Steam Age Chronicles: A New MN Comic Series with Beautiful Art and a Language Twist

I wish I were multilingual. I took French in high school, but I didn’t care all that much about learning the language. I kick myself sometimes that I didn’t take that class more seriously.

Recently, I was sent a copy of “The Clockwork Armor,” the first issue in the new comic series Steam Age Chronicles from Minnesota’s Buzz & Roar Publishing. (Buzz & Roar was also behind Illusion, which fellow Twin Cities Geek reviewer Kelly Starsmore looked at last year.) As I glanced at the front cover, I noticed that besides listing the illustrator and the writer, it also listed the translators. Huh. It quickly became apparent why translators were necessary when I flipped through the pages—the whole comic is spoken in a variety of languages (including French). How cool is that? Steam Age Chronicles is a culturally driven comic with heavenly artwork and an ingenious story.

Cover art featuring a cloaked figure with their back to the viewer, standing on a grassy hill with a mountain in front of them

The gorgeous cover art for “The Clockwork Armor.”

As the comic begins, we see our combatant, Sebastian, causing a whole lot of trouble. He drinks at the pub and ditches the bill. He’s very flirtatious. He is then confronted by a group of soldiers based on the heritage in his family—his grandfather has ties to the East India Trading Company, which is useful to the protector of England and Scotland. Sebastian becomes roped into an adventure to Japan, and it doesn’t take long for mishaps to occur. In addition to a steampunk theme, this comic also gives off a historical fiction or Pirates of the Caribbean feel to it. There aren’t actually any pirates, at least in the first issue, but I just get that vibe from the look of the soldiers and the women.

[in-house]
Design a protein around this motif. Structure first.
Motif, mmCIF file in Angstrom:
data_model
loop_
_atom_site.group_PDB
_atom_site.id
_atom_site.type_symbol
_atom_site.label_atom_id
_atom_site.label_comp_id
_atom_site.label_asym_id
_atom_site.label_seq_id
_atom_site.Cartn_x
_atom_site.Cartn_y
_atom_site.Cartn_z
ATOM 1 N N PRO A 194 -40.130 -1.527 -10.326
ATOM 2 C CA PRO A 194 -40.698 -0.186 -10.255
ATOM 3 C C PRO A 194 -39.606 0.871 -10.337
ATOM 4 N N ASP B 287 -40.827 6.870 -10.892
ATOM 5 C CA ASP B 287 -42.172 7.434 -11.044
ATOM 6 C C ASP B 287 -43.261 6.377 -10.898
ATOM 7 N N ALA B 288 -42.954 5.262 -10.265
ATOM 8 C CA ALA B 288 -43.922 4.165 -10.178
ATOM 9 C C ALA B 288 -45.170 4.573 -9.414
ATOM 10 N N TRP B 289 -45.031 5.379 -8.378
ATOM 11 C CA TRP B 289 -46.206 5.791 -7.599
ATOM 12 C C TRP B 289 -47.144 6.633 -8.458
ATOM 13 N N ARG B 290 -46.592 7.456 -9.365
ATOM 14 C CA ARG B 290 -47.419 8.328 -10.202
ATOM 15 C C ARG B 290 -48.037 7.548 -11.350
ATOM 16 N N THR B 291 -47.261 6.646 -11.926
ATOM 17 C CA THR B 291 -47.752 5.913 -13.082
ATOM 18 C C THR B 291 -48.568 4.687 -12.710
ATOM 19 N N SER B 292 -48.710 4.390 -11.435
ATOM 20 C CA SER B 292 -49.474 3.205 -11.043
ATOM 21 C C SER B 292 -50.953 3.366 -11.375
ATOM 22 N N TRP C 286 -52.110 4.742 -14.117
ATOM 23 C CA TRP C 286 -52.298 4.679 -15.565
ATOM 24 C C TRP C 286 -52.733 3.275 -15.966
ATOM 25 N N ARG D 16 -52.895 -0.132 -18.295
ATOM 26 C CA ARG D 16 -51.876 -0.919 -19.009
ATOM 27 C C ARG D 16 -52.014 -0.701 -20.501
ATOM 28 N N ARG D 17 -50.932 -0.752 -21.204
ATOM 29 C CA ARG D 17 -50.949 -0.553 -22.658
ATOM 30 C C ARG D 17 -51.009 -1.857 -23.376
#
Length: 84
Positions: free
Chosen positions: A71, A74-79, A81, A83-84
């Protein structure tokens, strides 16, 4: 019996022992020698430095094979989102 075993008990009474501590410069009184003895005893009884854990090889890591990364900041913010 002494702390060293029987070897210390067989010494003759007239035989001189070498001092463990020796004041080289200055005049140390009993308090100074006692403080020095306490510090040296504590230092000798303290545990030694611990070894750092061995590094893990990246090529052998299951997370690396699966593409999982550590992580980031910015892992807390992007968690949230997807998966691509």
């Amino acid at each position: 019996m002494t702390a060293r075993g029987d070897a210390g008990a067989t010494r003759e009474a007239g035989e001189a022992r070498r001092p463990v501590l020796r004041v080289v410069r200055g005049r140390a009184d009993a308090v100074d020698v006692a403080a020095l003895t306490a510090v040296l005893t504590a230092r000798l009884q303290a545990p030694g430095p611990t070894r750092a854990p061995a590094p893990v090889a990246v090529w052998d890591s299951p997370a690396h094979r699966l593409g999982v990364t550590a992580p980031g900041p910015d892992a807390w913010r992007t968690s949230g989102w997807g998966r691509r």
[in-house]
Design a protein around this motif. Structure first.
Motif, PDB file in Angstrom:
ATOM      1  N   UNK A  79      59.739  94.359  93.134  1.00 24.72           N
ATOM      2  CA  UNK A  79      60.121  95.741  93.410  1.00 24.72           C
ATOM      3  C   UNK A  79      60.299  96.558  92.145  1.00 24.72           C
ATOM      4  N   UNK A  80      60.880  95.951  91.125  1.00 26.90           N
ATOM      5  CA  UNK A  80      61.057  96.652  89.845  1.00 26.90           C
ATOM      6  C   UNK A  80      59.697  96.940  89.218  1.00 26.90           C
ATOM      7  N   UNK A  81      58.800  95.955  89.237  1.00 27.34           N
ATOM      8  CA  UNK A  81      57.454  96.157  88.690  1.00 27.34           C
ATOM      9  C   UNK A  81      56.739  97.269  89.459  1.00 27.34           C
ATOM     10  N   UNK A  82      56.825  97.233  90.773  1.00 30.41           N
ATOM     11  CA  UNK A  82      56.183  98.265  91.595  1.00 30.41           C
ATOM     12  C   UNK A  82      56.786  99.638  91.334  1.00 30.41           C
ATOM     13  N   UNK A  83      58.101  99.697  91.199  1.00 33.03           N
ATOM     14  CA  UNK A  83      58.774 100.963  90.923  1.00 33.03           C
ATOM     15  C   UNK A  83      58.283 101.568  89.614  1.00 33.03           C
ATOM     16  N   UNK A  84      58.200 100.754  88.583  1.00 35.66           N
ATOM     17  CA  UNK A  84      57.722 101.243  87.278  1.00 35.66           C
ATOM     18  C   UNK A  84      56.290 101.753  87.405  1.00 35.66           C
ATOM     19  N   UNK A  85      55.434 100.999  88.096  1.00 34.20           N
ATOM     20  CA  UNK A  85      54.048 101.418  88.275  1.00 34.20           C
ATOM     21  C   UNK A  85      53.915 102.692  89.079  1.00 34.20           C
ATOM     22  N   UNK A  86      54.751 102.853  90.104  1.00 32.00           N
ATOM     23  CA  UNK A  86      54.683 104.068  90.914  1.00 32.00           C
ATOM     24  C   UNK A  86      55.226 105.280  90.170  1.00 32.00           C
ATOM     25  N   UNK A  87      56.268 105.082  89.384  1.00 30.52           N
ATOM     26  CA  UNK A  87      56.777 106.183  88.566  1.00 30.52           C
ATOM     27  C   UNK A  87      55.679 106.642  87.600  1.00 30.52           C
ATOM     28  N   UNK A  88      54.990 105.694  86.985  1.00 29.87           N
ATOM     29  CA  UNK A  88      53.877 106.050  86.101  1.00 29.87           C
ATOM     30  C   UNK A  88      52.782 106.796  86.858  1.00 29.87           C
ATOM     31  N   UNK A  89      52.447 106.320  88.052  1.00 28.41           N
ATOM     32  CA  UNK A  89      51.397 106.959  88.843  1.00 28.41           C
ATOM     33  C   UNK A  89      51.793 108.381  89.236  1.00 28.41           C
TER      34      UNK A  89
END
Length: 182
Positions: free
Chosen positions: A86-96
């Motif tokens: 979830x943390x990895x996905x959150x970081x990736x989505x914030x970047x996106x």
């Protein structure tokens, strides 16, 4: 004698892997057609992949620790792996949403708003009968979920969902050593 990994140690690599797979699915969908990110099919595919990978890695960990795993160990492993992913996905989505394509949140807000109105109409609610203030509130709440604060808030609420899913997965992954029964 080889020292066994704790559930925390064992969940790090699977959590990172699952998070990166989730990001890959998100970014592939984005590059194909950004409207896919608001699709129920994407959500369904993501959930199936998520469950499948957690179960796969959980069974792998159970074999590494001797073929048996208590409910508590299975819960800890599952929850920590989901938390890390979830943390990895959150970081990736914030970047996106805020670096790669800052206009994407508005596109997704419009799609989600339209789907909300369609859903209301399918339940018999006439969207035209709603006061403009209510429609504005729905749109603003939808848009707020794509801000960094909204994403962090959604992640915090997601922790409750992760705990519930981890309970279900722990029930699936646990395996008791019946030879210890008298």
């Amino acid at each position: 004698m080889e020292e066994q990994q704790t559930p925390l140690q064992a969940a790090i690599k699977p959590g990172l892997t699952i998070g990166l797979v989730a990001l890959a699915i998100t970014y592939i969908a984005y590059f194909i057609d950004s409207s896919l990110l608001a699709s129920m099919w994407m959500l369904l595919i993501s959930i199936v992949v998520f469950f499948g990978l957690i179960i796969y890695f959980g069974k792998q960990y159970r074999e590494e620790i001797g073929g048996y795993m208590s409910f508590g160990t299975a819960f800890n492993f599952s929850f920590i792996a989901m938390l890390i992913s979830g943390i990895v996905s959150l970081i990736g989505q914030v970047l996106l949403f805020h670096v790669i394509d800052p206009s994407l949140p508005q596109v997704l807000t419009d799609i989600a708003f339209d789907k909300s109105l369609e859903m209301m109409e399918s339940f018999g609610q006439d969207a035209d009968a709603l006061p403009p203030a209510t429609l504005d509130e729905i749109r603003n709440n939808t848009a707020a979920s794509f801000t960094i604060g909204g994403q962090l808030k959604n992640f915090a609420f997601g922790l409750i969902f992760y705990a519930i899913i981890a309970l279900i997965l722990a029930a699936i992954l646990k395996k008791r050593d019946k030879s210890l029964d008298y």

As I revealed earlier, Steam Age Chronicles is not in English. However, don’t let this scare you away from purchasing the comic. Attached to its front cover is a special translator “monocle” that allows the reader to follow along with the story in English. It was something to get used to, as the English lettering is small, but I adjusted rather quickly, and the translations are so eloquent.

[Shows a page with a magnifying glass]

The Steam Age Chronicles translator.

Heavenly is the perfect word to describe the artwork. It feels like I’m looking at a Claude Monet comic—it feels like a series of watercolor paintings with a story. The front cover is spellbinding, with the knight blending perfectly into the brisk mountain, Sebastian presumably looking ahead at his future journey in early Japan. With his tattered green cloak swaying behind him and his rugged boots, he’s ready to survive on his own. The artwork is nothing like I have ever seen before, and that’s what makes this comic so unique.

Author Stu Tighe, illustrator Declan McDermott, and translators Alison Piron and Jason Pape all get a standing ovation from me. This comic is mesmerizing and enchanting, and it flows incredibly well. You can buy “The Clockwork Armor” from Buzz & Roar Publishing’s online store, on Amazon, or at the Source Comics and Games—as well as from the publisher’s table at MCBA Fall ComiCon (October 8) or the Twin Cities Book Festival (October 15). I may even buy another issue myself because I wish I had paid money for it rather than getting a free review copy; it was that amazing of a comic!

Follow Buzz & Roar on Facebook to keep updated on the release for issue #2, which is currently expected to be out in late 2017 or early 2018.

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